Lennox Estates v S&W Ventures – Lennox Estates wins rare IP summary judgment
The UK’s Intellectual Property Enterprise Court (IPEC) has held in favour of the claimant in a relatively rare example of the court granting summary judgment in respect of intellectual property.
Lennox Estates is a property developer which, in 2016, acquired an option under a written agreement (option Agreement) to buy and develop a site owned by Cherubond Ltd. Lennox Estates, in conjunction with Matthew Allchurch Architects Ltd, designed a residential and office property scheme for construction on the site (creating the Matthew Allchurch Architects drawings). In 2016, Lennox Estates (as provided for in the option agreement) filed a planning application using the Matthew Allchurch Architects Drawings and, after one failed attempt, planning permission was granted by the relevant council in 2017.
Due to a downturn in the market, Lennox Estates allowed the option to lapse. S&W Ventures Ltd, another property developer, purchased the site from Cherubond in early 2020 and Cherubond supplied S&W with a set of drawings (the Cherubond drawings). It was alleged that the Cherubond drawings were closely based on the Matthew Allchurch Architects drawings. The site was sold to S&W with the benefit of the earlier planning permission. S&W, needing to make up some further drawings to vary the planning permission, instructed Places Architects to make a further set of drawings (the Places drawings), alleged to be based on the Cherubond Drawings. S&W admitted that work on the site commenced in line with the Places Drawings and Cherubond Drawings.
In 2021, Lennox Estates issued a claim against S&W, alleging that, irrespective of whether the variation application was successful, its copyright was infringed, as all drawings for the various planning consents are directly or indirectly copied from the original Matthew Allchurch Architects drawings. Prior to case management, Lennox Estates applied for summary judgment on the basis that S&W had no prospect of success at trial.
In relation to whether copyright subsisted in the Matthew Allchurch Architects drawings, HHJ Hacon started by comparing the elevations of the original buildings on the site (an old garage) with the Lennox Estates/Matthew Allchurch Architects design and held they were not at all the same. The judge further held that subsistence of copyright could only be put into doubt by evidence that the Matthew Allchurch Architects drawings were slavishly copied from another source. As there was no such evidence before the judge, and no reason given to suppose that such evidence would be available to the trial judge, HHJ Hacon was satisfied that S&W had no real prospect at trial of establishing that there was no intellectual creativity on the part of Matthew Allchurch Architects in the creation of the Matthew Allchurch Architects drawings.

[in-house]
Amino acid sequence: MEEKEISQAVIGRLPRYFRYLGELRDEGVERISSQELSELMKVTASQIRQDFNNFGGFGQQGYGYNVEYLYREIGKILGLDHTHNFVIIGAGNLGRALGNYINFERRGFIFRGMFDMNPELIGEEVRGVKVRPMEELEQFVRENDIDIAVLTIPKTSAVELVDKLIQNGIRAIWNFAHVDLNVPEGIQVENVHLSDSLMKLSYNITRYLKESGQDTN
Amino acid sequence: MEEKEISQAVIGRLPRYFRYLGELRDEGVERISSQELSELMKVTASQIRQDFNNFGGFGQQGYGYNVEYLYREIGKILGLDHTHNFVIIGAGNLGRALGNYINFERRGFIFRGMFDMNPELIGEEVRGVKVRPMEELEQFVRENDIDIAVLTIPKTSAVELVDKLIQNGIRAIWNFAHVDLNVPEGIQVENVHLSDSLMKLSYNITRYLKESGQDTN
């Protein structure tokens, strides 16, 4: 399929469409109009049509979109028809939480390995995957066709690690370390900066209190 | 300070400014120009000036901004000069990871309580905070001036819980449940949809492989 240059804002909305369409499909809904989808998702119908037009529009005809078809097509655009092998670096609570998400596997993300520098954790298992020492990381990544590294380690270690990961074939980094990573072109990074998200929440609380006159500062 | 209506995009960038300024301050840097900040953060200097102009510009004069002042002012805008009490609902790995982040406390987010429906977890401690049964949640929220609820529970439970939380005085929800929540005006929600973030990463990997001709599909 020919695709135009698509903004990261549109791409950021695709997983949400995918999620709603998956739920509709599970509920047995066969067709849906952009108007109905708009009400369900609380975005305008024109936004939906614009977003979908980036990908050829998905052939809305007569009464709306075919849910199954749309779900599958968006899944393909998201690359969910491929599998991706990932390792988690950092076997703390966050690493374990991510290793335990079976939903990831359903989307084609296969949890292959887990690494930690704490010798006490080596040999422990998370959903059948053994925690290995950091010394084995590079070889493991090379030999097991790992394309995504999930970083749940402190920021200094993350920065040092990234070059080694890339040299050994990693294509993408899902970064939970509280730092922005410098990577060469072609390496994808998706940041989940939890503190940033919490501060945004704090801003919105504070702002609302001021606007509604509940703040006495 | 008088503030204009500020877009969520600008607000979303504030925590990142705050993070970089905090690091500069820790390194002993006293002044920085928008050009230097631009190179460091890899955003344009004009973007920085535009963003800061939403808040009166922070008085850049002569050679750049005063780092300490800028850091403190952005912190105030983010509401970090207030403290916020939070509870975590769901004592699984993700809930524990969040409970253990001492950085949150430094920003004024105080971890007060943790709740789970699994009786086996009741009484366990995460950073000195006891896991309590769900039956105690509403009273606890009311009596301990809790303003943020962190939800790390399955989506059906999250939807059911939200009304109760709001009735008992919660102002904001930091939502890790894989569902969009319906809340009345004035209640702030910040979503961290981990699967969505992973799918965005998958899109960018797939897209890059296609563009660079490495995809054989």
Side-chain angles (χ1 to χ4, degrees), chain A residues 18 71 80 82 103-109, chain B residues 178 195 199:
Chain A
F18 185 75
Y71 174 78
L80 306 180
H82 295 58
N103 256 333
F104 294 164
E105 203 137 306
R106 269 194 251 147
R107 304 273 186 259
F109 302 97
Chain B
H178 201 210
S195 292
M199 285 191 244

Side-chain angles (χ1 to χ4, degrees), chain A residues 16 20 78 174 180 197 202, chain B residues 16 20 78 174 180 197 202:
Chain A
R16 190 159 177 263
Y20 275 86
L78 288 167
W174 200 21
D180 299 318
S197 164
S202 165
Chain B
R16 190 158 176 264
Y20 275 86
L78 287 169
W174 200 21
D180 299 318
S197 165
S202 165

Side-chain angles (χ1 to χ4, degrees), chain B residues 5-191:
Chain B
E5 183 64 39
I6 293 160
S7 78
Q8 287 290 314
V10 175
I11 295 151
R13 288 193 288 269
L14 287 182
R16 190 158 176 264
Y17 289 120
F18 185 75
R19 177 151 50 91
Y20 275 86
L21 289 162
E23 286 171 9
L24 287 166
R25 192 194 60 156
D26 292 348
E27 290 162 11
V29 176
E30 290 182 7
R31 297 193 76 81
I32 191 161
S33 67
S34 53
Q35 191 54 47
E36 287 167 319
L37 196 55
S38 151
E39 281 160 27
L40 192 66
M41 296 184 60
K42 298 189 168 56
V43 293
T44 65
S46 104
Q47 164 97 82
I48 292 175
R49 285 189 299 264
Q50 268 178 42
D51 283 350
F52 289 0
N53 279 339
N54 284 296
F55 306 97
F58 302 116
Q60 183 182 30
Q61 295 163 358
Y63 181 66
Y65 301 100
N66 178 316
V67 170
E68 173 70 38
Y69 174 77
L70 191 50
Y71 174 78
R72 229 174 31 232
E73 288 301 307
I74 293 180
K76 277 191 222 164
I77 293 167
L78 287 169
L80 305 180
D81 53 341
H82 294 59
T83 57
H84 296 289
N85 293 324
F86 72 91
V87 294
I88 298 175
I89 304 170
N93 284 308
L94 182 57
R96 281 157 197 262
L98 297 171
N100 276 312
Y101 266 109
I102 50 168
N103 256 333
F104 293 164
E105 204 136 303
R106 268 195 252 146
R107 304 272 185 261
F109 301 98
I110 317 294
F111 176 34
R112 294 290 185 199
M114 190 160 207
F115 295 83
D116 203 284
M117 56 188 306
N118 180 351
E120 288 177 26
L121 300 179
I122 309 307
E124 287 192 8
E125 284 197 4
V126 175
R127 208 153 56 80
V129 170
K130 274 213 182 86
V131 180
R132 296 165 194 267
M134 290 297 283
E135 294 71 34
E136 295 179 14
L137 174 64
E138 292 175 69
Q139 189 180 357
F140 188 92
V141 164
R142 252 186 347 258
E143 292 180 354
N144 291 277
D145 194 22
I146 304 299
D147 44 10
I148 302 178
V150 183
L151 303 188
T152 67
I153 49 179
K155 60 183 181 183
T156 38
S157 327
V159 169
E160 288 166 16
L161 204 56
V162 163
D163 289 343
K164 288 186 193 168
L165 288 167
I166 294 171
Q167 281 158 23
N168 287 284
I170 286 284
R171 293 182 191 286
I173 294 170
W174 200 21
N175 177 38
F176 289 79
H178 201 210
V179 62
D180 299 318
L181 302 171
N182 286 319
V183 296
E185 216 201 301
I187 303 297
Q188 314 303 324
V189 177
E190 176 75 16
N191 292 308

In relation to whether the Cherubond drawings were derived from the Matthew Allchurch Architects drawings, the judge thought the similarities were obvious. This was "unsurprising", he said, as Cherubond (as third party defendant) had accepted that overwhelmingly the Matthew Allchurch Architects drawings were retained. The judge held there was no real prospect S&W could establish at trial that use of the Cherubond drawings, either for the construction of buildings or for making copies of Cherubond drawings in order to facilitate construction, would not infringe the Matthew Allchurch Architects drawings.
The application to vary the planning permission, which used the Places drawings, is stated on its face to be only a “minor material amendment”. The judge thought both the elevations and plans to be very similar to their equivalents in the Cherubond drawings and held there was no real prospect of S&W establishing a defence that the Places drawings would not infringe the MAA drawings.
The judge also considered whether Cherubond was entitled to make use of the Matthew Allchurch Architects drawings under an express term of the option agreement, or under an implied licence; and therefore whether S&W, being successor in title, was similarly entitled. Procedurally, the issue was that S&W had not pleaded this, and therefore permission was required to amend its defence; Cherubond as third party defendant had not expressly pleaded the alleged implied term either. In respect of the submission that there existed an implied term, the judge thought this "fanciful", as the option agreement was not concerned with ensuring that Cherubond could develop the site, nor whether it could apply for planning permission if Lennox Estates did not, nor that Cherubond could exploit the Matthew Allchurch Architects drawings. There was no need to imply such a term for business efficacy. As to whether there could be an express term, the judge found it impossible to read into the relevant term that Cherubond could grant a sub-licence to any other developer it chose. Furthermore, as the likelihood was that the Matthew Allchurch Architects drawings were created with expert input from Lennox Estates, and paid for by Lennox Estates, it would not sit well with a licence being made available to another developer.
The judge granted summary judgment to the claimant.
D Young & Co acted for the successful claimant, Lennox Estates, in this case.
Case details at a glance
Jurisdiction: England & Wales
Decision level: IPEC
Parties: Lennox Estates Ltd v (1) S&W Ventures Ltd; (2) Mr Andrew Peter Walters v (first named third party) Cherubond Ltd; (second named third party) Mr Andrew Michael
Date: 08 November 2021
Citation:  EWHC 3323 (IPEC)